Podoconiosis has a clear social impact. These social consequences and stigmatization are barriers to podoconiosis control and other research projects. Stigma related to podoconiosis needs to be addressed within the context of NTDs and global health. The link between global health and stigma has been largely recognized as evidenced by programmes such as the initiative launched by Fogarty International Center and partners and other leading research [42]. Weiss et al. proposed the following health-related stigma research priorities: (1) Document the burden of stigma, (2) Identify determinants of stigma and its effect, (3) Compare stigma for different health problems or settings, (4) Evaluate stigma over time or post-interventions, (5) Improve disease knowledge so that health policy minimises stigma, and (6) Develop appropriate messages about stigma [14]. This paper begins to address the first two objectives as they relate to podoconiosis, but further research is needed in view of the limitations of this study. Furthermore, comparative or evaluation studies should be conducted and evidence-based interventions to mitigate podoconiosis stigma should be pursued, particularly among patients with advanced disease stage.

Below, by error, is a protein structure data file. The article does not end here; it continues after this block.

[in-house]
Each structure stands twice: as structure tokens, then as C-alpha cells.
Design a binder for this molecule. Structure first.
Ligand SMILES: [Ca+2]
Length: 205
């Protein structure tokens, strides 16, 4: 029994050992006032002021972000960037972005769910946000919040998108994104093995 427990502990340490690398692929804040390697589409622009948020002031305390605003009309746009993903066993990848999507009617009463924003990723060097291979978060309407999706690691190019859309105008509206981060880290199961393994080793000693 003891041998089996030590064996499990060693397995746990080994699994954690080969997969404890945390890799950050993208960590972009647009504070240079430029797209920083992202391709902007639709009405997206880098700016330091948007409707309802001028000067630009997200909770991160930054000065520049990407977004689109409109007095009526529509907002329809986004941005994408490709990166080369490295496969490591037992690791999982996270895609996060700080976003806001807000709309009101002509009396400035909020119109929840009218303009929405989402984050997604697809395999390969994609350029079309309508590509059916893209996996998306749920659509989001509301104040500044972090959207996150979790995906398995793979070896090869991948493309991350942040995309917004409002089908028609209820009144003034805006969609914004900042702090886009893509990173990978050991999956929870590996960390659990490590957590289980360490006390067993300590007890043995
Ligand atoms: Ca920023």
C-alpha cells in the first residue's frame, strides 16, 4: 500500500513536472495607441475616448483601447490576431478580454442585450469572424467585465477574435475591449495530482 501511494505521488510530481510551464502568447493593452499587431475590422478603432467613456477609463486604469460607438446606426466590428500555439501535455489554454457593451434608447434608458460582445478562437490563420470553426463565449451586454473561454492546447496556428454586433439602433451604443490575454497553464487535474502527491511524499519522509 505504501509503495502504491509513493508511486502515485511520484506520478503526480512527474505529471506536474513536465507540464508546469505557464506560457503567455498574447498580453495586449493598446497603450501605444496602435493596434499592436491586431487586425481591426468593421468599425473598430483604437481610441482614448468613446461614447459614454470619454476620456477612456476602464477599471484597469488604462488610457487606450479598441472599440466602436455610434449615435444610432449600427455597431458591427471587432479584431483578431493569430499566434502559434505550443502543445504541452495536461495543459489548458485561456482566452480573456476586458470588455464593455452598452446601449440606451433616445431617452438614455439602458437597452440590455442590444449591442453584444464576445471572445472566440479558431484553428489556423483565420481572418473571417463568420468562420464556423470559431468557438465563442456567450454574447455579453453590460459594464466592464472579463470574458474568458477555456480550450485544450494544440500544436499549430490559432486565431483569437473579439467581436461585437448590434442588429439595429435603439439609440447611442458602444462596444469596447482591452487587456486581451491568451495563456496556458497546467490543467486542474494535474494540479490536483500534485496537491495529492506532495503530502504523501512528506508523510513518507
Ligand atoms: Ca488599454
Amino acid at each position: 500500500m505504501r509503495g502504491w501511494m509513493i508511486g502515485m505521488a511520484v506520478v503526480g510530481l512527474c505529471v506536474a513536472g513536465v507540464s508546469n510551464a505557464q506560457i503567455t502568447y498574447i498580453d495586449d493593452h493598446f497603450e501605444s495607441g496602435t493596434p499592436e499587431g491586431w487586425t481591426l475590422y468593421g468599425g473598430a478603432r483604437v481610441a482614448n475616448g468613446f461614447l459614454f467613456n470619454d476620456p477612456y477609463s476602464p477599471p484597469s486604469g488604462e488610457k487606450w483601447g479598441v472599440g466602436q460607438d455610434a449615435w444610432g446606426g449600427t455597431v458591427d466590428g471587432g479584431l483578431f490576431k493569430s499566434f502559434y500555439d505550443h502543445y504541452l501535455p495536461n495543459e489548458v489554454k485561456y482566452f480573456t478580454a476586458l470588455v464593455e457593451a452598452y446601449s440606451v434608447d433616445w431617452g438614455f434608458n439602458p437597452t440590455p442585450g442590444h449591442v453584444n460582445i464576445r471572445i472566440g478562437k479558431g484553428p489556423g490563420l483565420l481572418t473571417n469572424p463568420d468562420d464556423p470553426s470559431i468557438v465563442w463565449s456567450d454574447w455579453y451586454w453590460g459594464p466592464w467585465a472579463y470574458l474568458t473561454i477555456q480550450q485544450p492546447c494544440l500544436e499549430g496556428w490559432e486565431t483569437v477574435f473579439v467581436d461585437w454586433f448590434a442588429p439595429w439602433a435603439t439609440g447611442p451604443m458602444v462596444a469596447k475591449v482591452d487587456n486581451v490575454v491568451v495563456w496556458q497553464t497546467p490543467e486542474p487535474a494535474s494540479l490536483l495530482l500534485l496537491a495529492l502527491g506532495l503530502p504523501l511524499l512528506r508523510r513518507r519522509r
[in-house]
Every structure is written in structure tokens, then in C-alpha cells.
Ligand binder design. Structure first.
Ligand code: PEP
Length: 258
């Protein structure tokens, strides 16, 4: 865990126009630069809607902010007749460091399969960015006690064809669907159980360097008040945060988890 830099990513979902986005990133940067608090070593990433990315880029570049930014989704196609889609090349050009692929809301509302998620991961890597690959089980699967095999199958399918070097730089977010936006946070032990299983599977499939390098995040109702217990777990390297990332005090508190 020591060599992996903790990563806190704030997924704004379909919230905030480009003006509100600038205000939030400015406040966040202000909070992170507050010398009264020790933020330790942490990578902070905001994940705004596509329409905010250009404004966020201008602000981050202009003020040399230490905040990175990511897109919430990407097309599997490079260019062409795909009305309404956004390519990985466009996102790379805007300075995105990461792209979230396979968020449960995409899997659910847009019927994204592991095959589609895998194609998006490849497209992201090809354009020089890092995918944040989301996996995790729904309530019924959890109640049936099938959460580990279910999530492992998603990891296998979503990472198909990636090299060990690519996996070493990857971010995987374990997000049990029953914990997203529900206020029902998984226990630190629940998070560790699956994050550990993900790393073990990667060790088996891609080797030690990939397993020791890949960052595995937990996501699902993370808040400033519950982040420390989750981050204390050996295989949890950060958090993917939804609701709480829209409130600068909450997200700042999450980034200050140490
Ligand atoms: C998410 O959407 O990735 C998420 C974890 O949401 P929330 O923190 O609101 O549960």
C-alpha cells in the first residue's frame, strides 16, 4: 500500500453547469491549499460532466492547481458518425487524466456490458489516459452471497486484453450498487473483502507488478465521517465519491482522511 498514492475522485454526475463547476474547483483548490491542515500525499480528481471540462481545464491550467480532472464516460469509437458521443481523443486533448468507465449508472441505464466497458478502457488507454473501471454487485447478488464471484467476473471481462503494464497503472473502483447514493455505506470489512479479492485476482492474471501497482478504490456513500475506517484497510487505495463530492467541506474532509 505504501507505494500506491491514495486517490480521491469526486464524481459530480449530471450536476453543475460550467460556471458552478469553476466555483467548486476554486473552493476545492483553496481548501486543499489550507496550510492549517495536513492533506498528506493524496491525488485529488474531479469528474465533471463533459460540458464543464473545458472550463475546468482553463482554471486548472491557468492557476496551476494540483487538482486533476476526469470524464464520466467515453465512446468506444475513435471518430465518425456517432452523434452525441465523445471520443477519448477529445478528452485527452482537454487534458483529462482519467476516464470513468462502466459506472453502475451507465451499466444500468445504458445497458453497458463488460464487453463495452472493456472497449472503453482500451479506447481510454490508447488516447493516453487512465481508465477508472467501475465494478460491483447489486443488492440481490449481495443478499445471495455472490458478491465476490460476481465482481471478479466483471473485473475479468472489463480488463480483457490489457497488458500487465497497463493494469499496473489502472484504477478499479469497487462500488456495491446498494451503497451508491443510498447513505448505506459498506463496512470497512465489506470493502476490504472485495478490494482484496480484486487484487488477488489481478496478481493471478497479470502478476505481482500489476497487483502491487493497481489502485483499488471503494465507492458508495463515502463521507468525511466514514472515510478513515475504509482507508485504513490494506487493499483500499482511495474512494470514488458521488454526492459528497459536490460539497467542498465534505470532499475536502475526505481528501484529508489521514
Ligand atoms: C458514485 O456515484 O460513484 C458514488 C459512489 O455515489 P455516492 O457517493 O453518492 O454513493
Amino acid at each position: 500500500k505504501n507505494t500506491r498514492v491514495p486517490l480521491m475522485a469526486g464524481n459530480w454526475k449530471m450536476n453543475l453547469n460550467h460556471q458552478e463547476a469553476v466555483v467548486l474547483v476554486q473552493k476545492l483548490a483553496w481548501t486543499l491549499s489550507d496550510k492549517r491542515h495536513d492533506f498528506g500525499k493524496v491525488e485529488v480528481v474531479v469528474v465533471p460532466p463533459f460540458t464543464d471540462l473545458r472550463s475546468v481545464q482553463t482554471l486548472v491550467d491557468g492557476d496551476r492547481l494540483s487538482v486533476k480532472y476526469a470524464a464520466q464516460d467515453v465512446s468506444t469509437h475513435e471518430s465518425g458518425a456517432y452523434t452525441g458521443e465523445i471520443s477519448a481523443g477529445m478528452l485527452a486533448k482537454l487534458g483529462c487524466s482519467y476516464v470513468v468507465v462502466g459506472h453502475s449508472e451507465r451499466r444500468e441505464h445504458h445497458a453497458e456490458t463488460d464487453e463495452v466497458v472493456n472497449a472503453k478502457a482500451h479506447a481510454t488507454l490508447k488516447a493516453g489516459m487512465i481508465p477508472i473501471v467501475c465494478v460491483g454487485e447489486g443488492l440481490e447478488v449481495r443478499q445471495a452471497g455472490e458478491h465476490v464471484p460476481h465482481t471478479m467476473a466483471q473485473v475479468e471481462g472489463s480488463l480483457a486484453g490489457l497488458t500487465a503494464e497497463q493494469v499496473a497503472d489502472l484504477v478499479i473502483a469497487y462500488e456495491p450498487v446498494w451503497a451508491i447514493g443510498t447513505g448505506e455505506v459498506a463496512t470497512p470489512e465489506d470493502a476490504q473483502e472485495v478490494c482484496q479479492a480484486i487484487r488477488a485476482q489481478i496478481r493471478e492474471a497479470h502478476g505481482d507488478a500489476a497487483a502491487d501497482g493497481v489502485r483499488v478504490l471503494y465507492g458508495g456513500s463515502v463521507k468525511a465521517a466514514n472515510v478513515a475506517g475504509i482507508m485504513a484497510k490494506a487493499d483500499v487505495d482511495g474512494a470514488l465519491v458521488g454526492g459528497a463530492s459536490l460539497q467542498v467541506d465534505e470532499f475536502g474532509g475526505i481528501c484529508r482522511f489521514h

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This study was funded by IOCC Podoconiosis Research; Ethiopia. KD was supported by TOMS Shoes for preparatory work of mapping podoconiosis in Ethiopia during data collection, currently is supported by a Wellcome Trust Research Training Fellowship [grant number 099876]. GD is supported by a Wellcome Trust University award [grant number 091956] to do work in podoconiosis.

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Correspondence to Kebede Deribe.

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Competing interests

The authors declare that they have no competing interests.

Authors’ contributions

KD, EM, GD conceived the study. EM, KD, AT conducted the field work. EM & KD conducted the analysis. KD, ST derafted the masnuscript. KD, ST, EM, AT and GD interpreted the findings. All authors read and approved the final manuscript.

Kebede Deribe, Sara Tomczyk contributed equally to this work.

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  • Podoconiosis
  • Stigma
  • Discrimination
  • NTD
  • Ethiopia